Oxidative damage is shown to affect every class of biological macromolecule in Alzheimer disease. Disruptions in iron and copper homeostasis are understood as being key players in neurodegenerative disease pathogenesis. Metal homeostasis as it pertains to alterations in brain function in neurodegenerative diseases is reviewed here with its relations to oxidative stress. While there is substantial documented evidence for alterations in transition metal metabolism, redox-activity and localization, it is also important to note that alterations in specific copper- and iron-containing metalloenzymes also contribute to the neurodegenerative process. Understanding these changes offers the opportunity to identify pathways where modification of the disease process can offer effective clinical intervention, from gene therapy to pharmaceuticals with antioxidant and chelating properties.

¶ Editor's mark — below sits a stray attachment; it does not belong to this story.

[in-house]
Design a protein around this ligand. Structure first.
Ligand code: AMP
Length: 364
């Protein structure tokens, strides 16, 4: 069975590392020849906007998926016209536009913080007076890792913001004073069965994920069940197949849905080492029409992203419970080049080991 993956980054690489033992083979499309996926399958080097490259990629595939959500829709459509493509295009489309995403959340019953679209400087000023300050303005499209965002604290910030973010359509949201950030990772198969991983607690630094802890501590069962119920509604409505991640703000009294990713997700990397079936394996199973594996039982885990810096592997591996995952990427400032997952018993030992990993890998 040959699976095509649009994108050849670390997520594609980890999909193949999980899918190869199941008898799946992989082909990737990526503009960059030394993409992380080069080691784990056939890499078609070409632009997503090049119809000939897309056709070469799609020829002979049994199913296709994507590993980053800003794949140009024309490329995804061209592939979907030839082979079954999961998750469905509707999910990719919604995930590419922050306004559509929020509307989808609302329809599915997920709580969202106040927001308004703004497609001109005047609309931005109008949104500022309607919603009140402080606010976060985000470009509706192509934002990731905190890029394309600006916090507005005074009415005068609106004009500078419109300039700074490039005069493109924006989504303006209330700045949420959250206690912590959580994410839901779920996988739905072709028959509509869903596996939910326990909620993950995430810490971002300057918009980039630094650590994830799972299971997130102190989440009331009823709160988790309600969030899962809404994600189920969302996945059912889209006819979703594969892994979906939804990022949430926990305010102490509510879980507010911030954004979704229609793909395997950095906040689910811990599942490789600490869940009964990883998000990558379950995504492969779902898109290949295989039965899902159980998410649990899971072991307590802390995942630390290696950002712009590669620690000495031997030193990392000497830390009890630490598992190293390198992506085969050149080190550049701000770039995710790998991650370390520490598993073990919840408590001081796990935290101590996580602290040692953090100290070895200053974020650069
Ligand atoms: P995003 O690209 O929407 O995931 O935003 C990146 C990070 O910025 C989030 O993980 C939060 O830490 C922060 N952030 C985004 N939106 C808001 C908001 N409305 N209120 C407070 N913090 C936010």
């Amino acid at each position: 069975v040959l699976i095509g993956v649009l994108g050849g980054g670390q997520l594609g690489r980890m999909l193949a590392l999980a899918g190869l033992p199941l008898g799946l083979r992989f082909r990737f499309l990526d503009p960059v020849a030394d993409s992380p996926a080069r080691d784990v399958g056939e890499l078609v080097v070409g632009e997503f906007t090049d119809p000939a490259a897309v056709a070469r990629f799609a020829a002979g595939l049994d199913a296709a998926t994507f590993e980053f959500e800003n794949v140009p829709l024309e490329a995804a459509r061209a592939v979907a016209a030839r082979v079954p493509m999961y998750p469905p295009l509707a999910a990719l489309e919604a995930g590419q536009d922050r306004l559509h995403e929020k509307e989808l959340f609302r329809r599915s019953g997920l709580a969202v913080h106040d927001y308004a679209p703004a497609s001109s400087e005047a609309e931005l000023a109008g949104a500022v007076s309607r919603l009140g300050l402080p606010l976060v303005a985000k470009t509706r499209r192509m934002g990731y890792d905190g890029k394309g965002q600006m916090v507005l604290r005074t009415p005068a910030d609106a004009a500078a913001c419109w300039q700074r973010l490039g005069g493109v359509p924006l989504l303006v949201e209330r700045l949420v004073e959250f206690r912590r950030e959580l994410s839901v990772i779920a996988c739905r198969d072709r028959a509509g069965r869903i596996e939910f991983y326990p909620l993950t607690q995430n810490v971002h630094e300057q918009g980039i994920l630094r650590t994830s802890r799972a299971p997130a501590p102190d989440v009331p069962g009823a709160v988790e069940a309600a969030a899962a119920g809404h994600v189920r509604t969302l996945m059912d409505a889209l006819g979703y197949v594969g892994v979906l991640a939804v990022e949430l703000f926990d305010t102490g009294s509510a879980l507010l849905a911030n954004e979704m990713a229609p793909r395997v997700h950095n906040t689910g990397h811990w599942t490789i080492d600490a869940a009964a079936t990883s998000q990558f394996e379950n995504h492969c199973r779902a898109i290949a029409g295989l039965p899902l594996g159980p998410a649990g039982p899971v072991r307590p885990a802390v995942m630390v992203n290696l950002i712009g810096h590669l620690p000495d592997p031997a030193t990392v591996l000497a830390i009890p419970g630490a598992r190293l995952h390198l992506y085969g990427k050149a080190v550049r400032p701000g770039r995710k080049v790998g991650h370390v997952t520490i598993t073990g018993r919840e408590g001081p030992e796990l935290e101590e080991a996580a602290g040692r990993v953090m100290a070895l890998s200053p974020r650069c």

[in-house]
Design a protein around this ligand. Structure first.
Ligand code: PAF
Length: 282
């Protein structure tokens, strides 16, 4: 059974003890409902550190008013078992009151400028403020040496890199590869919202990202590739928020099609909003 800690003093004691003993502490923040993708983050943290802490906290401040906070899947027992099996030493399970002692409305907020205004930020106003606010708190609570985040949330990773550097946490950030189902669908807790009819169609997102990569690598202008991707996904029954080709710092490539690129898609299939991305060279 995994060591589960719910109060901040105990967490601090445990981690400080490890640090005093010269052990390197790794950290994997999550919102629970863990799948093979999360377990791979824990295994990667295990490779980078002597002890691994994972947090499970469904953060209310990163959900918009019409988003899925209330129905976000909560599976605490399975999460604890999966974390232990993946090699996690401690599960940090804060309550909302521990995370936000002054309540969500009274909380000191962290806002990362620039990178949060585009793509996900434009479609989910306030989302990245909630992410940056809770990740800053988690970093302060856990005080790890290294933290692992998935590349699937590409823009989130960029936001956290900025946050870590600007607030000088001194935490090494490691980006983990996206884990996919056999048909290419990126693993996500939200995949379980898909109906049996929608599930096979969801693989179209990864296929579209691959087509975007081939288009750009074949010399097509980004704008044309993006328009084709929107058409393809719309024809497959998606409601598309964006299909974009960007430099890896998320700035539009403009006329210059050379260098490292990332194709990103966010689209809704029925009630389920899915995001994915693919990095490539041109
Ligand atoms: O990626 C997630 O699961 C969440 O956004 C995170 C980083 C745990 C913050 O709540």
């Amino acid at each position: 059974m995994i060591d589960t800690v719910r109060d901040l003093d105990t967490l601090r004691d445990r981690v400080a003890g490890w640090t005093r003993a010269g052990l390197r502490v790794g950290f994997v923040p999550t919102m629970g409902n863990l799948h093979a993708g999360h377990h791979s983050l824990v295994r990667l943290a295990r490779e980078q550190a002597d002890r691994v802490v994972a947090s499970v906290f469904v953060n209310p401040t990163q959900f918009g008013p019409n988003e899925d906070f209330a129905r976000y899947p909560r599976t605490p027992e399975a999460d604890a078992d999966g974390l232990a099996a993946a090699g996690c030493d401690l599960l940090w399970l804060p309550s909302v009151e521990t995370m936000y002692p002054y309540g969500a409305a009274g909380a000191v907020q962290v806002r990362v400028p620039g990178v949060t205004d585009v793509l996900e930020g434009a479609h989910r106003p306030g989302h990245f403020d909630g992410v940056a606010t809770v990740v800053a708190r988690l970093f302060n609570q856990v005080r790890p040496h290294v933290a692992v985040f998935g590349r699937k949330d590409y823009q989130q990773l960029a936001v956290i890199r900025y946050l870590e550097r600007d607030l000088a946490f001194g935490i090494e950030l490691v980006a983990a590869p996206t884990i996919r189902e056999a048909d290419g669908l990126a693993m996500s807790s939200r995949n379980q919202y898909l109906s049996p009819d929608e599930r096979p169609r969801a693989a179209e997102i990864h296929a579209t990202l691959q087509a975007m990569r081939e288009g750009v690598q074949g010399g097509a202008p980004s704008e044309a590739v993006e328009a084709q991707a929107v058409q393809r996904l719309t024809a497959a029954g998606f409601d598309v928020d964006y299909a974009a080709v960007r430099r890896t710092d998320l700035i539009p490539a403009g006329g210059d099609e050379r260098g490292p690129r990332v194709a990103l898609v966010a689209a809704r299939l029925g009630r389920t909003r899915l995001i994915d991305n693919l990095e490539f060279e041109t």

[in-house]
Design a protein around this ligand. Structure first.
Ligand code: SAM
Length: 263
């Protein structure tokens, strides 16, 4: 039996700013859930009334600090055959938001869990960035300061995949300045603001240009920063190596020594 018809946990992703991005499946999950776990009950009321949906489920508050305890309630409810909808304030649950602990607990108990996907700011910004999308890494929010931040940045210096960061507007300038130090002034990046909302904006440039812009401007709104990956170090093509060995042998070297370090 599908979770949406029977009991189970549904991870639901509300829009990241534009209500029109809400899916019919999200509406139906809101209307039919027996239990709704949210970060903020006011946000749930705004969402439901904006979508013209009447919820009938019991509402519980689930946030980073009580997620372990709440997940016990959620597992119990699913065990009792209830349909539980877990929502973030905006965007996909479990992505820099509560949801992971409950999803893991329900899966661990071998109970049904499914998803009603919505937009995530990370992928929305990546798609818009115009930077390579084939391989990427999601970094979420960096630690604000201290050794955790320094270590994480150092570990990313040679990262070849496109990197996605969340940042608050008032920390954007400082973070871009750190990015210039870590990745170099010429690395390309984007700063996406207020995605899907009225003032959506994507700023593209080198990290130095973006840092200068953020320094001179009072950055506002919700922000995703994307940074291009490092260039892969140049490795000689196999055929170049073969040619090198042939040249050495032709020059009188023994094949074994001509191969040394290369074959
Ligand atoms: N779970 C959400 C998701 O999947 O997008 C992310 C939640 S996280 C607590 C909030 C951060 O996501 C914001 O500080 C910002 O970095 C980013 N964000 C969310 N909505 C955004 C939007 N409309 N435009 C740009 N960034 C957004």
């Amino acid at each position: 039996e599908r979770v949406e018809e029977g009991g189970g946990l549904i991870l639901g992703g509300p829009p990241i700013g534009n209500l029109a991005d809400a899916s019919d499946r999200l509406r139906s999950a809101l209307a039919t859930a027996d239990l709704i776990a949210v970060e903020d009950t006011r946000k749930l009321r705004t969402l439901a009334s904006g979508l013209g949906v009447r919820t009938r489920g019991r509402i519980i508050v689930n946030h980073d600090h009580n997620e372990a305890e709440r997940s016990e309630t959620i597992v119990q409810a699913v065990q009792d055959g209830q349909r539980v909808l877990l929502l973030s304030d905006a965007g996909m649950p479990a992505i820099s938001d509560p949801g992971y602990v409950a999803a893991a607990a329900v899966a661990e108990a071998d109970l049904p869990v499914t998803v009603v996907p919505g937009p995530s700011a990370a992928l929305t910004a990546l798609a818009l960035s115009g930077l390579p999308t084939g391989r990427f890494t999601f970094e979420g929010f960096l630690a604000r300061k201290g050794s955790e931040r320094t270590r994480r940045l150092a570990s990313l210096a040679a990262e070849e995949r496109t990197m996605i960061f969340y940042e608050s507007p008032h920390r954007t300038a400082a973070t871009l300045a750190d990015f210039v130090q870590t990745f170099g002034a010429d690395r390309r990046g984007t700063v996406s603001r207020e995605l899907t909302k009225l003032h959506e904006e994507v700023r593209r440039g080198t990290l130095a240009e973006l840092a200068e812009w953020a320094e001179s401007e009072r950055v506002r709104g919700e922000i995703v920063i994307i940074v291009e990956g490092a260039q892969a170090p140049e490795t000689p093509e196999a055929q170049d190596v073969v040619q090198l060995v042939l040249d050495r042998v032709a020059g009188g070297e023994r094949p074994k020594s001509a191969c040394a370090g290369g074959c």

Keywords: neurodegenerative disease, antioxidant, chelating properties, pathogenesis of alzheimer disease, copper homeostasis, iron mediated oxidative damage
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